Men are like ringtones: A lot of the time, you'd rather just switch to "vibrate." (Craig Dykstra, Centreville)
Men are like the women in "The Love Song of J. Alfred Prufrock": They come and go. (Edmund Conti, Raleigh)
Women are like kidneys: They always go to the bathroom together. (Russell Beland)
Women are like IRS auditors: You get more attention from them when you earn a lot. (David Kleinbard)
A woman is like the Pillsbury Doughboy: soft and pliable -- until she gets burned. (Michelle Stupak)
Women are like closing pitchers: It takes a lot of effort to warm them up just for a few minutes of service. -- W. Beatty, Hollywood (Kevin Dopart)
Women are like members of Congress: They'll do what you want, but you'll have to plead long, hard and loudly, and it's very, very expensive. (Jim Noble, Lexington Park)
Women are like an E-ZPass: The toll for entrance is always exacted later. (Rick Haynes, Potomac)
Women are like barbed-wire fences -- easy to become entangled with, but extremely difficult to get over without a lot of pain. (Ross Elliffe, Picton, New Zealand)
Dogs are like trips to Cleveland: Each day is like a week. (Russell Beland)
Dogs are like Losers: They have just one use for The Washington Post. (Kevin Dopart)
Cats are like Visa cards: They're everywhere you want to be. (Ray Gardiner, Olney, a First Offender)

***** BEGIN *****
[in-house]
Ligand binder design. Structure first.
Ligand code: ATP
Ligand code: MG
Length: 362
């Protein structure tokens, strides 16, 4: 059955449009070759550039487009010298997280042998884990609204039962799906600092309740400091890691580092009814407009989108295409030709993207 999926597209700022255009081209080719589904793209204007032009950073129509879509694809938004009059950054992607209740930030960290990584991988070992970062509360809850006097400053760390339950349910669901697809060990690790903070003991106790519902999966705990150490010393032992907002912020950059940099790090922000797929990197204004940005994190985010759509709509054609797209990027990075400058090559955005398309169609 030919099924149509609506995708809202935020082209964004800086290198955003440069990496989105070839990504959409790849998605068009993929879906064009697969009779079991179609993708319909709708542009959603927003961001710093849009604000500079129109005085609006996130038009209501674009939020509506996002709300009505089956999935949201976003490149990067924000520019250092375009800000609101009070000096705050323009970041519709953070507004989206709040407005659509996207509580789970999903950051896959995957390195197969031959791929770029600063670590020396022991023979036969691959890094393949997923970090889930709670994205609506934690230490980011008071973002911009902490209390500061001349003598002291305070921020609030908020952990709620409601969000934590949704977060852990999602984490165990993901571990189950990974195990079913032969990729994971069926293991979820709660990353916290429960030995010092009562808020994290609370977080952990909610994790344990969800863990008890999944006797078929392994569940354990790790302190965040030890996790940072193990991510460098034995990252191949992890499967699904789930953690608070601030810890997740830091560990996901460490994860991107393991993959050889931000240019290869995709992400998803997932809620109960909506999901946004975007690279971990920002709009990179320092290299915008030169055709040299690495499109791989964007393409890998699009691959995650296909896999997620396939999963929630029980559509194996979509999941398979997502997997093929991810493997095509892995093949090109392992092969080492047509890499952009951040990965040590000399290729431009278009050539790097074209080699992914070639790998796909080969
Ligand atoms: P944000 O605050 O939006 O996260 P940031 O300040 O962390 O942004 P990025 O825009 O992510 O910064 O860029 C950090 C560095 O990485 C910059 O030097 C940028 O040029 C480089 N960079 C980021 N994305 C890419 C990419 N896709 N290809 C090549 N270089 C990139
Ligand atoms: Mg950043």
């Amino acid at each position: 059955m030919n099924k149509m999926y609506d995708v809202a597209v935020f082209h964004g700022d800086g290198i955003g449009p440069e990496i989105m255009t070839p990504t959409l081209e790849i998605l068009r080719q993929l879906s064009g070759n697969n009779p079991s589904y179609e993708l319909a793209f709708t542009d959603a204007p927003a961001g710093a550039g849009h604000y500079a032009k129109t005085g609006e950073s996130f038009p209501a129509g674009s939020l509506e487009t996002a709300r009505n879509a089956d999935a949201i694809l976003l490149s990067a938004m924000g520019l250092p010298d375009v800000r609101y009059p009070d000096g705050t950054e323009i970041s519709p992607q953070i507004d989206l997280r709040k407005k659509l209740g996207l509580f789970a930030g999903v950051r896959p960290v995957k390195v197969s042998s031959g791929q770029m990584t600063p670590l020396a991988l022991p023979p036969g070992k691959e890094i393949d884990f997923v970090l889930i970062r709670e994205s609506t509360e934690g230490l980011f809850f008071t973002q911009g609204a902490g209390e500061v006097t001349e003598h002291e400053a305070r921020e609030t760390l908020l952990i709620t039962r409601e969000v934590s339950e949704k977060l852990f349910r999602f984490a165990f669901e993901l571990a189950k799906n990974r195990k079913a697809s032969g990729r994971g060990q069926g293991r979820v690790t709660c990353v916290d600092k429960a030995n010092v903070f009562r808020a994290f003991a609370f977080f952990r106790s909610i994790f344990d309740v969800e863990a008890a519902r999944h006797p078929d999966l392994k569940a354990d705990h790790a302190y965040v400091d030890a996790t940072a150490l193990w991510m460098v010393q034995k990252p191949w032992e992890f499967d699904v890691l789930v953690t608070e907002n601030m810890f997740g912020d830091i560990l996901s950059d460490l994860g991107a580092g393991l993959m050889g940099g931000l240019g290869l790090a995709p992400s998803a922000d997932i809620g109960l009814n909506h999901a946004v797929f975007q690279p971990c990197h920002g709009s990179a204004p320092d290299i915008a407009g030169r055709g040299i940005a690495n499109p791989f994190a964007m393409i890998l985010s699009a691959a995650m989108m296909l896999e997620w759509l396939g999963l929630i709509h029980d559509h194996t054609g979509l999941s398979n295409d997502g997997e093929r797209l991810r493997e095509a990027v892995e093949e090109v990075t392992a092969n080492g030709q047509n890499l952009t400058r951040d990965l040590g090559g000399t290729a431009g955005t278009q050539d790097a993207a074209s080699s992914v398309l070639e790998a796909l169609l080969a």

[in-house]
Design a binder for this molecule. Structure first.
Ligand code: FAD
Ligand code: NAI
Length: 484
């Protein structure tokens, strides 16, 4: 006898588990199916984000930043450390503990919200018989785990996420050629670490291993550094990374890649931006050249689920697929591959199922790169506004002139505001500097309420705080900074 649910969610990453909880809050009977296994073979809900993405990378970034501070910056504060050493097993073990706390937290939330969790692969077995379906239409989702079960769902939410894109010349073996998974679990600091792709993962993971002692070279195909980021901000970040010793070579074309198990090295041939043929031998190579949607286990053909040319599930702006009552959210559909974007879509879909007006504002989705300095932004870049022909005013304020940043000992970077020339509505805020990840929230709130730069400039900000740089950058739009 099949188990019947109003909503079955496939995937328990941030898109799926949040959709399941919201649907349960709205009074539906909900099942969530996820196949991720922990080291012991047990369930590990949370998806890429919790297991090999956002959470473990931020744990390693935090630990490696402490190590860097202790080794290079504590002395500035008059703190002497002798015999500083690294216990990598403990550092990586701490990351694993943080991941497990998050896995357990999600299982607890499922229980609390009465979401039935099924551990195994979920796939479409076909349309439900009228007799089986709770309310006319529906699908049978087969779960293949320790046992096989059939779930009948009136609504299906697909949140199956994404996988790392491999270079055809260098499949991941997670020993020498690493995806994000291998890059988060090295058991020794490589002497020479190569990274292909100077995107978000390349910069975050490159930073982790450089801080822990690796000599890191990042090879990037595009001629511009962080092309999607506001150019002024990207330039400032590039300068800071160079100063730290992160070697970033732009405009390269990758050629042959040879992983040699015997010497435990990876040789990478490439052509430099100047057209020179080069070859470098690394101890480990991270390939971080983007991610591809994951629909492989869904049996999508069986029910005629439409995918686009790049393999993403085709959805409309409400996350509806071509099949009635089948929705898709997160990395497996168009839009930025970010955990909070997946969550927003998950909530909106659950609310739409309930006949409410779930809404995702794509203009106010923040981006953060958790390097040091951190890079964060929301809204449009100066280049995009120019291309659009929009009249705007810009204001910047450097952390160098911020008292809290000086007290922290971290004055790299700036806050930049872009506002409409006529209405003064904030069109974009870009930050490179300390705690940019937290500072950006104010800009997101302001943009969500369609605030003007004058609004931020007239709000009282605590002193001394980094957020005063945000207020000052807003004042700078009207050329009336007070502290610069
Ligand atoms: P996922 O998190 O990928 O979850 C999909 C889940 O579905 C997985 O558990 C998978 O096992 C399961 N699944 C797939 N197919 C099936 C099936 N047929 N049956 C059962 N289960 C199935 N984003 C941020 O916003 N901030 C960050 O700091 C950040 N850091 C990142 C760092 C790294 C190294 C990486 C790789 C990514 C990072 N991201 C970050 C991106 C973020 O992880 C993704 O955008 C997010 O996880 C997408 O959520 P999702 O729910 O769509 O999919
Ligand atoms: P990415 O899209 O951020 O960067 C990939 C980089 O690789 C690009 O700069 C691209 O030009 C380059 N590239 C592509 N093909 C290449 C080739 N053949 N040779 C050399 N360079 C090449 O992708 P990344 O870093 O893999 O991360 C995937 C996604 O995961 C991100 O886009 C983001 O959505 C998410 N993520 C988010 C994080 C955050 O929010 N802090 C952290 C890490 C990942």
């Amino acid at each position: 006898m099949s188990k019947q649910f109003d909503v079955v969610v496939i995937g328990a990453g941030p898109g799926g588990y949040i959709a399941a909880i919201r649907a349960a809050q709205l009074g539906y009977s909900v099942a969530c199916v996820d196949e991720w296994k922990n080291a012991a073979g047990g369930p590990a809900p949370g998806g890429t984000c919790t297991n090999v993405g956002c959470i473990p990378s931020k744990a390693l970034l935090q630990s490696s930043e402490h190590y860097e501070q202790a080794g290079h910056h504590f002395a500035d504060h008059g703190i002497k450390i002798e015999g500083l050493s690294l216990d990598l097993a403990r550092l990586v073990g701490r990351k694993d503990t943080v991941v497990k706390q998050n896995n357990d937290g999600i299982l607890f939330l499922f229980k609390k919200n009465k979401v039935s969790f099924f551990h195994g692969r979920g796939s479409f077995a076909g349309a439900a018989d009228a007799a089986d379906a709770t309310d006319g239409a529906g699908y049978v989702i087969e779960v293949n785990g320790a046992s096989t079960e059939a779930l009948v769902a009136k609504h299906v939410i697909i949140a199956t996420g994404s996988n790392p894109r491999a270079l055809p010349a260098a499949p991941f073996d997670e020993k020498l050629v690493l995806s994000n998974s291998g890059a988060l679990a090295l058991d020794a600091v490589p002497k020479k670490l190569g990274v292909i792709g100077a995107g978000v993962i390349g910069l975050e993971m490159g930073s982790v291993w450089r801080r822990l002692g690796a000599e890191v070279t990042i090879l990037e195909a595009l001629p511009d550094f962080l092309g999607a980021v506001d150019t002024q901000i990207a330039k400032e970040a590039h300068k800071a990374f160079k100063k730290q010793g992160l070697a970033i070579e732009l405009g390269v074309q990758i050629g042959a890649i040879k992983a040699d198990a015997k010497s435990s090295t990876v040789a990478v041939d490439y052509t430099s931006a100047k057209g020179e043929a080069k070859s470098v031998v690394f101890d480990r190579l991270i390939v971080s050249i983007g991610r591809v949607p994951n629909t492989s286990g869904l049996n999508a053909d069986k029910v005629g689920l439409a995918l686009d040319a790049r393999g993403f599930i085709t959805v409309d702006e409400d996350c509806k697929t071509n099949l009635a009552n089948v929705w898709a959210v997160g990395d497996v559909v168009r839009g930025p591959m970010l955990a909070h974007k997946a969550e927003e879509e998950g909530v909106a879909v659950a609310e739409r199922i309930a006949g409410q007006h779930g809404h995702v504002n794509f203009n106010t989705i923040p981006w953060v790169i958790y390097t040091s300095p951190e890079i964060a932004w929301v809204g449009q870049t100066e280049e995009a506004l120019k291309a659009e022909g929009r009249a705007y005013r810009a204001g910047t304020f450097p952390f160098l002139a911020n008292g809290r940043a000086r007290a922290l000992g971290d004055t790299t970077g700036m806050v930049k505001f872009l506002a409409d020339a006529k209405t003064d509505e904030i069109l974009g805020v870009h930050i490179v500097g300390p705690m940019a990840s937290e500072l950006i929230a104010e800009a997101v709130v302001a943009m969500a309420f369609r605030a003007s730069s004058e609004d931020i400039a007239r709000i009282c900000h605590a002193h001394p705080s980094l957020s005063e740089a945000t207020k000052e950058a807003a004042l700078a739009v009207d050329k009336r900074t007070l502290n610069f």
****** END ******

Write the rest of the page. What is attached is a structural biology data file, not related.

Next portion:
Cats are like the Empress Josephine: They'll do anything for a little shrimp. (Beverley Sharp, Washington)
Cats are like Unitarians: They're always questioning my authority. (Roy Ashley, Washington)
Coffee is like life: Early on, we accept cheap "instant" gratification; later on, we have the patience to wait for the most expensive beans to come out of an animal butt. (Dave Prevar, Annapolis)
Starbucks coffee is like Barack Obama: hot, black, and what you shouldn't have if you want to balance your budget. (Peter Metrinko, Gainesville)
Teenagers are like a sci-fi film fest: Plenty of battles, the world keeps ending, and their dates are from another planet. (Barbara Turner, Takoma Park)
Teens are like crops planted in poor soil: You can only hope they'll grow out of it. (Barry Koch, Catlett, Va.)
Teenagers are like modern art -- neither as dumb nor as deep as people make them out to be. Just something hanging around the place. (Bird Waring, Larchmont, N.Y.)
Teenagers are like my 1992 Honda Accord: It's super-loud, it's started smoking, it takes forever to start in the winter, and its trunk smells like a dead squirrel. (Josh Borken, Minneapolis)
Facebook is like that White House dinner for the Indian prime minister: It's free and anyone can join in. (John O'Byrne, Dublin)
Facebook is like a pair of nylon panties: synthetic intimacy. (Barbara Turner)
Facebook is like a hangover: You can end up asking yourself, "HOW do I know this person?" (May Jampathom, Oakhurst, N.J.)
I am like a glass of cabernet: mildly amusing, with an earthy aroma. (Bird Waring)
I am like the Empress: I'm dark-haired and make a lot of jokes, but I never get my name printed in The Style Invitational. (Melissa Yorks, Gaithersburg)
Next week: The news could be verse, or Headline Muse